I’m betting that everyone reading this understands the importance of knowing what your boss expects from you. Duh. The problem lies in the assumptions we make and the lack of thoroughness on this front. Bosses rarely spell out exactly what they expect from the subordinate, and the subordinate too often falls short of fully comprehending. Research for my (bestselling!) new release, Leading from the Middle: A Playbook for Managers to Influence Up, Down, and Across the Organization, included interviews with over 200 pairs of bosses and subordinates to understand just how well the boss’s expectations were understood by the subordinate (and vice versa). In over 80 percent of the pairings there were material breaches.
To close the comprehension gap, ask the right questions of your boss, ones that tease out the nuances of what they’re really expecting (and that help them better articulate it). Those questions are the ones that follow; specifically, nine of them. Ask your boss these questions even if you think you have a good handle on what’s expected of you. They’re proven to be extremely clarifying and to drive full alignment on expectations between boss and subordinate.
1. “What does good performance look like? Great performance?”
Asking about the difference between good and great on anything (performance, leadership, risk taking, etc.) is extremely clarifying and helps you understand exactly what great looks like to your boss. What you thought was great may actually only be meeting base expectations in the eyes of your boss.
2. “Let’s assume I’ll get great results—what behaviors do you want/not want to see as I achieve those results?”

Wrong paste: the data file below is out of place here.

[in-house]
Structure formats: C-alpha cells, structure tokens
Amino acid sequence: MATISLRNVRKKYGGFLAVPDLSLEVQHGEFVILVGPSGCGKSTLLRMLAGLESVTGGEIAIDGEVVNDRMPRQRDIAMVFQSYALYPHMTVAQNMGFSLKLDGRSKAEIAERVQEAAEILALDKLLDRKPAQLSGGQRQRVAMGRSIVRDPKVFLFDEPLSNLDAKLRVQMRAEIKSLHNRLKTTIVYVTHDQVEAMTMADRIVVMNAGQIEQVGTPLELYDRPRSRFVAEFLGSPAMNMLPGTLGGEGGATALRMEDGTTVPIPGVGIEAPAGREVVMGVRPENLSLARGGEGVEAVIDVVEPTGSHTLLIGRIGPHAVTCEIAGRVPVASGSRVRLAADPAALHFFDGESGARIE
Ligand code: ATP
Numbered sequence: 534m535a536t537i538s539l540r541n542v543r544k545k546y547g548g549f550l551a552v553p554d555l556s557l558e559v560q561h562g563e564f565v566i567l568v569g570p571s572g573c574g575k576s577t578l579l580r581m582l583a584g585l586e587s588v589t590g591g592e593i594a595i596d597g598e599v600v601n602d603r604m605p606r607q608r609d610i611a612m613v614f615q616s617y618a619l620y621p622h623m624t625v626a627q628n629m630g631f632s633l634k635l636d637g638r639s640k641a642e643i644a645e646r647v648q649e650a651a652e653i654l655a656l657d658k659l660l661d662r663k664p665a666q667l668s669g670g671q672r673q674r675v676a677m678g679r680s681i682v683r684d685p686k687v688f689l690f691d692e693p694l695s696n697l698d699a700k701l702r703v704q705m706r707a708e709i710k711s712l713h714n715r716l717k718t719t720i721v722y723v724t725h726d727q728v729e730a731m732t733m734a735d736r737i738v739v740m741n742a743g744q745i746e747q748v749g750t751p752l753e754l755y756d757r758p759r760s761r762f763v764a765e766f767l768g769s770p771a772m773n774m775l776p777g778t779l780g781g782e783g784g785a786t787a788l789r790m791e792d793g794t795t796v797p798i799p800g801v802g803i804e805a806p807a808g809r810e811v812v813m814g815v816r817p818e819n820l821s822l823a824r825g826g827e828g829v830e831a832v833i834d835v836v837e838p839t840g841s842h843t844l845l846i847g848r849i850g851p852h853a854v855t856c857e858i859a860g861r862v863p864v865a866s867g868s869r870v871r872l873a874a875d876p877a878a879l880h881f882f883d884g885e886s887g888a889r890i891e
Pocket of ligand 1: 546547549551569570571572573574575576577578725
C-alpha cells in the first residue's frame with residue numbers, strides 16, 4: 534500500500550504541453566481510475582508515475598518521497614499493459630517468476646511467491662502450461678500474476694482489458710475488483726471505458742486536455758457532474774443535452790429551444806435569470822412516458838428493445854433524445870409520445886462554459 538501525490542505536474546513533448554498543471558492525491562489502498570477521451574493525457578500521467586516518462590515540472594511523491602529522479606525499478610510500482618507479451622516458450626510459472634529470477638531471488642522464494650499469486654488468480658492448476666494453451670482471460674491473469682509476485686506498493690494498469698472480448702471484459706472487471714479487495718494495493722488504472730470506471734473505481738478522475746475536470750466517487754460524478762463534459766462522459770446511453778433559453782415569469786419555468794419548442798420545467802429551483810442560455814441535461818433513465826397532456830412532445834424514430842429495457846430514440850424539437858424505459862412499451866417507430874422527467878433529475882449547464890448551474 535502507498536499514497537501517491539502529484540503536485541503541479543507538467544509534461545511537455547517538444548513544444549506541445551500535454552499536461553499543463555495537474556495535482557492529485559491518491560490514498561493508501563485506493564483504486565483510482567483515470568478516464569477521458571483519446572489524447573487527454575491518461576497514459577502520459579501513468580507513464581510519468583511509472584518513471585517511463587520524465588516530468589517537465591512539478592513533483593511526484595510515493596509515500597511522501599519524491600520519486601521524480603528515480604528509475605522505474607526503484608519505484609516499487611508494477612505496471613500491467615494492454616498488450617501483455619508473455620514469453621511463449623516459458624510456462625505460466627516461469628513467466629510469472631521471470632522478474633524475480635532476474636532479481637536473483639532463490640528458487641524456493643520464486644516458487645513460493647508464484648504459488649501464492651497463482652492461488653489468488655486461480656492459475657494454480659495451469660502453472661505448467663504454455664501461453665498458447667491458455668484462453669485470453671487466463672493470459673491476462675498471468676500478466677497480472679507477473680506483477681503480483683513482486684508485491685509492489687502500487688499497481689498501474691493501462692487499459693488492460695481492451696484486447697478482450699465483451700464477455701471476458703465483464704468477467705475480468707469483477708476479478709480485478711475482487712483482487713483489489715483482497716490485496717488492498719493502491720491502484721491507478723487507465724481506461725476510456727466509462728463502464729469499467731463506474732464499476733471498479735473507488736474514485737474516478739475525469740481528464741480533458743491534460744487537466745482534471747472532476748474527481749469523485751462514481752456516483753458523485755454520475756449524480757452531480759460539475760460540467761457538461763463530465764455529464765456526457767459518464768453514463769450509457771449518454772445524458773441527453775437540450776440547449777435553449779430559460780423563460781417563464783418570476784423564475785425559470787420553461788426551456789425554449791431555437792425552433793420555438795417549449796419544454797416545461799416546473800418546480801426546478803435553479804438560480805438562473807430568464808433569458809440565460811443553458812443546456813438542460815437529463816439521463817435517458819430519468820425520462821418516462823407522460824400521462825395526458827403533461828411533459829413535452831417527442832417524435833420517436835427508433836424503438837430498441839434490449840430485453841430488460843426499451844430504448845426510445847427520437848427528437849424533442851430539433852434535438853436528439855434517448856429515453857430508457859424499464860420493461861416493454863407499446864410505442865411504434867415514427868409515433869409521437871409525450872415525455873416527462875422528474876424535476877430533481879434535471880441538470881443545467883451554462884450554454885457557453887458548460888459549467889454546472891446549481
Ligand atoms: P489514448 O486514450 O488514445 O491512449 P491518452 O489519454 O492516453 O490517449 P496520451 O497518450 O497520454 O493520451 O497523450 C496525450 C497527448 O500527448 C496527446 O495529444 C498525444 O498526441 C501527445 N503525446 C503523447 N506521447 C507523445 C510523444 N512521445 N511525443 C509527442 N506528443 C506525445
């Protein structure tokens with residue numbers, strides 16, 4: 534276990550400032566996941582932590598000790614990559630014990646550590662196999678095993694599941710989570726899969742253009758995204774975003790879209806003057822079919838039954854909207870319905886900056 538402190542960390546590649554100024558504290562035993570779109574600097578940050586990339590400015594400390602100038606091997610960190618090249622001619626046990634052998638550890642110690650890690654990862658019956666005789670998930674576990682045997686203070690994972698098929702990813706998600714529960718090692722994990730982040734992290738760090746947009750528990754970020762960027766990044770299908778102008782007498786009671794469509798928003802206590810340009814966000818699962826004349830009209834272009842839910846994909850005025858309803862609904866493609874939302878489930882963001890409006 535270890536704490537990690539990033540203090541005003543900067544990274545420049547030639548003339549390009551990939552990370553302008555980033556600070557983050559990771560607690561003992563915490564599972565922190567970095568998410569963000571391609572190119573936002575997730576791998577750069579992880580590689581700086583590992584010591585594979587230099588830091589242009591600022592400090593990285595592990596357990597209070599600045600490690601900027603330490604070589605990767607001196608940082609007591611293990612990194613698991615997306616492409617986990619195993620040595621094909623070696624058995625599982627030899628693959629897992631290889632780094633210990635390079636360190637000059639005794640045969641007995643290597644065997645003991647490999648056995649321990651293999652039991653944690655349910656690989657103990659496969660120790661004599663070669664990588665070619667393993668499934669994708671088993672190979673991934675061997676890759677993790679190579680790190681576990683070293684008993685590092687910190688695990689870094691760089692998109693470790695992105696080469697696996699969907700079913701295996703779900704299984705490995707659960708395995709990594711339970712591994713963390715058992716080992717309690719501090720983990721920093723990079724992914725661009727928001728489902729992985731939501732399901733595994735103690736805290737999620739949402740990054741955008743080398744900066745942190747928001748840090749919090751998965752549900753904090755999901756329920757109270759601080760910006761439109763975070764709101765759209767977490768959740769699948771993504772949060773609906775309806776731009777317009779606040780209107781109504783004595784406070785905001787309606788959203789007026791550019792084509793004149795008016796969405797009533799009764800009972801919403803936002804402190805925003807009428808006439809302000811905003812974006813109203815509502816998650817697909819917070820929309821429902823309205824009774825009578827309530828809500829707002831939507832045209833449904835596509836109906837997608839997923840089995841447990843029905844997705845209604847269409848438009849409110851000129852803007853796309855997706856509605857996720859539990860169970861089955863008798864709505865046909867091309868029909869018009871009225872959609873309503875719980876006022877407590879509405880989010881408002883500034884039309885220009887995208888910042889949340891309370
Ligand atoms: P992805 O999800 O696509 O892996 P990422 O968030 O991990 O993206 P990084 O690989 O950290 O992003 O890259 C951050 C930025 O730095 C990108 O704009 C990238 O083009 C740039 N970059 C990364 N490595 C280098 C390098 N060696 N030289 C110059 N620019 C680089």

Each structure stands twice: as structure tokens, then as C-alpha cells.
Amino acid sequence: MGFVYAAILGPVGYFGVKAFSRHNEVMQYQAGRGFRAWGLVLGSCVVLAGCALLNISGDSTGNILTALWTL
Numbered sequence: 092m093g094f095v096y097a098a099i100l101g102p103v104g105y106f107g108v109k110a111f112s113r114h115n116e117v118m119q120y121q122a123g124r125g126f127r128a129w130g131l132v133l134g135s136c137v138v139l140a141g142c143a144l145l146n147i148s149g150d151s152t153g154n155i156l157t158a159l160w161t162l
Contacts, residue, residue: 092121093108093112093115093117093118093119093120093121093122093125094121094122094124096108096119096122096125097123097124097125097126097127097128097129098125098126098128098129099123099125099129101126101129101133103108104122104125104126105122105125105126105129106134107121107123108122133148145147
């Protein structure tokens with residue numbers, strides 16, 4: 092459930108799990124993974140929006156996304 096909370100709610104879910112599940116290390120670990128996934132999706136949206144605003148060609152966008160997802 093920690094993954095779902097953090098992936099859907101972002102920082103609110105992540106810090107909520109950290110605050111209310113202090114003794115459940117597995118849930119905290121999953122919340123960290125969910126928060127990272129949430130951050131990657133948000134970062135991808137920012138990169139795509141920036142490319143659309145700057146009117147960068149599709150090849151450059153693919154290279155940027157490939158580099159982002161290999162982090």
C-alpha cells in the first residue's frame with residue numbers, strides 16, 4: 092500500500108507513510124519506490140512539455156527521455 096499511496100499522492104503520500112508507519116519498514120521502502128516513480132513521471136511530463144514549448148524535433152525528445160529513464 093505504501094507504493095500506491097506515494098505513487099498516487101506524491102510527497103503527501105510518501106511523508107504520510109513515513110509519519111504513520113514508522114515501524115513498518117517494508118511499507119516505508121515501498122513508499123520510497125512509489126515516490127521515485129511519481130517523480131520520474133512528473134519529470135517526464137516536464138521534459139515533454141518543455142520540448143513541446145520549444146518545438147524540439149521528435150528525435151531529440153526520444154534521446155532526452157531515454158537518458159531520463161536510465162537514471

Bosses rarely spell out cultural expectations, i.e. how they want you to achieve the results that you do.
3. “What business metrics/goals are the most important to you and why?”
The “why” part is magic here. For example, you knew your boss cared about you hitting your profit target. But what if you learned that your boss missed his profit target a few times in the past and nearly lost his job because of it? You get the idea.
4. “These are my top priorities—are they consistent with yours?”
Bosses want to know that their overall agenda is being supported and that you’re putting the right resources on the right things.
5. “This is how I’m spending my time—does it feel like it’s supporting what’s most important?”
This one is similar to the above, but is intended for bosses who are more detail oriented and for scenarios when business results are falling short. It’s especially in these times that the boss can’t help but wonder how the subordinate is spending their days and whether or not it’s on the right things. Earn credit for at least putting your effort in the right places by asking this question.
6. “What measures does your boss most frequently discuss with you?”
Just like you care about what your boss focuses on with you, so should you care about what their boss focuses on. Knowing that further clarifies what’s important to your boss, which you can then work to overdeliver on, which is basic to forging a great relationship.
7. “What specifically will get you promoted?”
This assumes your boss cares about getting promoted, of course. It’s a powerful question because it goes beyond the obvious answer, “Great results will get me promoted.” It helps flesh out the full picture and nuances of what will make your boss look really good. That’s an itch you want to scratch and an opportunity to overdeliver on expectations.
8. “What should I stop, start, and continue doing to better succeed?”
This gets to the thoroughness of understanding your boss’s expectations and helps them articulate what may be bothering them about your shortfalls (as well as help you identify what’s working).
9. “Think of the most effective employee you’ve ever had working for you. What made them so effective?”
Bosses have unarticulated biases, like we all do. Even if you’re delivering the goods, they may subconsciously be expecting you to deliver results in the mold of a favored employee. It would help to know that.
9 questions. 100% clarity. It’s worth the effort.
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